College Media Association represents the people who advise the nation’s collegiate media newspapers, yearbooks, magazines and electronic media.
Founded in 1954 as the National Council of College Publications Advisers, CMA now has more than 800 members from coast to coast. It supports both new and veteran advisers of collegiate media programs with conventions, workshops, publications and national networking.
In 1948, Fred and Lucille Kildow, the directors of Associated Collegiate Press, initiated an organization of advisers whose students attended ACP meetings. After a few years of informal conferences, a small group of advisers met in Washington, D.C., and selected a name — the National Council of College Publications Advisers. November 19, 1955, was declared the birth date of NCCPA. Norman D. Christensen, of the University of Miami (FL), was elected the first chairman. Arthur M. "Sandy" Sanderson, ACP general manager at the University of Minnesota, was the first executive secretary-treasurer.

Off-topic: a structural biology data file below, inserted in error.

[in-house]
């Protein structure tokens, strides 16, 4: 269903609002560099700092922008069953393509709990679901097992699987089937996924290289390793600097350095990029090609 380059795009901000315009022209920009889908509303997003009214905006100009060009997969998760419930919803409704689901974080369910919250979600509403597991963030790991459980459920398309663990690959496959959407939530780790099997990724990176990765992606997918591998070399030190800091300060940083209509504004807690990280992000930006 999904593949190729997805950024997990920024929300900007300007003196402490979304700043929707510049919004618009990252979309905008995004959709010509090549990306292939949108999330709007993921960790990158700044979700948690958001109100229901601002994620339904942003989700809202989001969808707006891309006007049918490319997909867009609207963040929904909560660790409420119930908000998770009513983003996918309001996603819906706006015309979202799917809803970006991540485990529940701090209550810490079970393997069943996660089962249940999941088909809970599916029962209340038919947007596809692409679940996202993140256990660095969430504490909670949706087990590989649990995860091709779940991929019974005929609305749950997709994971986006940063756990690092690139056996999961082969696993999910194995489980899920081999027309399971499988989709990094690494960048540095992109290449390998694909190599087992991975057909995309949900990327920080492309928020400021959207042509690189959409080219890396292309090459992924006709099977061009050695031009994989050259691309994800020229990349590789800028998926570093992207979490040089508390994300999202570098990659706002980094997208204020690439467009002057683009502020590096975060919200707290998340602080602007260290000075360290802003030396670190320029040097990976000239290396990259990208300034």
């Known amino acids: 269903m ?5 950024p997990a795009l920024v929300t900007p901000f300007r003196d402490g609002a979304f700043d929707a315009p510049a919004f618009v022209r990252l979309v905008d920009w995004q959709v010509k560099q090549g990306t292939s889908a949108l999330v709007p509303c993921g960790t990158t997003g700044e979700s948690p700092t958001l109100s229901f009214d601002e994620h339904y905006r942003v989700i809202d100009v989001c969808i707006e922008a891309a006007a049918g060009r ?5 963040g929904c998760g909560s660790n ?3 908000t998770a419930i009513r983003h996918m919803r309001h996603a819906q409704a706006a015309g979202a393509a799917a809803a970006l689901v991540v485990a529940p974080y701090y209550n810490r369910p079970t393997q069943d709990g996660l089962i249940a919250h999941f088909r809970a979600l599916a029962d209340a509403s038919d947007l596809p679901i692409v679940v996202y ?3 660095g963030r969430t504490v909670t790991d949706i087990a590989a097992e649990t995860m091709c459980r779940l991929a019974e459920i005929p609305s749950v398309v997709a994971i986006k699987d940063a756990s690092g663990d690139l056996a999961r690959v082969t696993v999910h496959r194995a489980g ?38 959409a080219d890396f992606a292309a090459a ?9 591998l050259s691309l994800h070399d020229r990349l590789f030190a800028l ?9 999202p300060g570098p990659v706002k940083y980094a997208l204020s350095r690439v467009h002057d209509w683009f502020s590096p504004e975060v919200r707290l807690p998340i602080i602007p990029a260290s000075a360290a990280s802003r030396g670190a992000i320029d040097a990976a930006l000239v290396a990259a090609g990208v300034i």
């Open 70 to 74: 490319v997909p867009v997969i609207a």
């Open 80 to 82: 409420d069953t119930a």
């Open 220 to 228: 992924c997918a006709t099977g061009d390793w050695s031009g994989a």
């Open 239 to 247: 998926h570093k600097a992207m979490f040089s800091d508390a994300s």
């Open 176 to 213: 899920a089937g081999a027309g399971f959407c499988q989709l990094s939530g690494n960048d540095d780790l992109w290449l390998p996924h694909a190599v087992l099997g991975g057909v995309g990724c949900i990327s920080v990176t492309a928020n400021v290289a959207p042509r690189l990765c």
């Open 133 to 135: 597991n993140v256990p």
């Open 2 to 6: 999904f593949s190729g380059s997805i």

When Sanderson joined the University of Iowa faculty, the NCCPA headquarters moved there. It remained in Iowa City until 1964. From 1965 to 1982, John A. Boyd, of Indiana State University, served as executive director. From July 1982 until 2011, Ron Spielberger managed CMA headquarters at the University of Memphis. From 2011 - May 2015, CMA headquarters were operated under Executive Director Chris Carroll and a management team based at Vanderbilt University in Nashville. In November 2011, CMA changed its name to College Media Association to reflect its broader mission.
In June 2015, CMA moved its headquarters to New York, NY and is now managed under Executive Director Meredith Taylor.
CMA members maintain strong lines of communication through print and electronic media. CMA's website and social media outlets inform members of trends and news. College Media Review, its flagship journal, is the leading academic journal on advising collegiate media, both print and electronic. The CMA list-serv gives members the opportunity to gain quick advice from colleagues and discuss breaking news and issues affecting collegiate media.